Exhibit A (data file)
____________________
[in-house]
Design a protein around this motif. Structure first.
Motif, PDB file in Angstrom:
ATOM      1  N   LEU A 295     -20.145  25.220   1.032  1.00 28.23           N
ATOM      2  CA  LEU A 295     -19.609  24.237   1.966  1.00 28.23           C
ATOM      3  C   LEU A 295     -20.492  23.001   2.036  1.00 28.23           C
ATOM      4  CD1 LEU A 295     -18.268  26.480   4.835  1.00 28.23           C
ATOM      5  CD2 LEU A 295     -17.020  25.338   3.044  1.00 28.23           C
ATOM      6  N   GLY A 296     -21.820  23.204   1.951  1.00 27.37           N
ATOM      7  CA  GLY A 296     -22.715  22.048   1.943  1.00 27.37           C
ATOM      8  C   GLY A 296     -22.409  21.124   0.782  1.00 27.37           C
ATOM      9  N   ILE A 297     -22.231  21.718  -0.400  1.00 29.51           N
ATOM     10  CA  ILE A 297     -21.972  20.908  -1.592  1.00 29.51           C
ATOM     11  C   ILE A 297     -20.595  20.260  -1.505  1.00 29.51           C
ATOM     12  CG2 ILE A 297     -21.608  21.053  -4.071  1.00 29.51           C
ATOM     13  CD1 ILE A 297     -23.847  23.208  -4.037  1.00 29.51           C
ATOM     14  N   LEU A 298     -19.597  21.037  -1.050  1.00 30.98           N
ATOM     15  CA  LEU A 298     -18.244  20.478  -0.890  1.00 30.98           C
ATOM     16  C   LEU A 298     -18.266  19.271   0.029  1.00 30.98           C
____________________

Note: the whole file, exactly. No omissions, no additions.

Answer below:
[in-house]
Design a protein around this motif. Structure first.
Motif, PDB file in Angstrom:
ATOM      1  N   LEU A 295     -20.145  25.220   1.032  1.00 28.23           N
ATOM      2  CA  LEU A 295     -19.609  24.237   1.966  1.00 28.23           C
ATOM      3  C   LEU A 295     -20.492  23.001   2.036  1.00 28.23           C
ATOM      4  CD1 LEU A 295     -18.268  26.480   4.835  1.00 28.23           C
ATOM      5  CD2 LEU A 295     -17.020  25.338   3.044  1.00 28.23           C
ATOM      6  N   GLY A 296     -21.820  23.204   1.951  1.00 27.37           N
ATOM      7  CA  GLY A 296     -22.715  22.048   1.943  1.00 27.37           C
ATOM      8  C   GLY A 296     -22.409  21.124   0.782  1.00 27.37           C
ATOM      9  N   ILE A 297     -22.231  21.718  -0.400  1.00 29.51           N
ATOM     10  CA  ILE A 297     -21.972  20.908  -1.592  1.00 29.51           C
ATOM     11  C   ILE A 297     -20.595  20.260  -1.505  1.00 29.51           C
ATOM     12  CG2 ILE A 297     -21.608  21.053  -4.071  1.00 29.51           C
ATOM     13  CD1 ILE A 297     -23.847  23.208  -4.037  1.00 29.51           C
ATOM     14  N   LEU A 298     -19.597  21.037  -1.050  1.00 30.98           N
ATOM     15  CA  LEU A 298     -18.244  20.478  -0.890  1.00 30.98           C
ATOM     16  C   LEU A 298     -18.266  19.271   0.029  1.00 30.98           C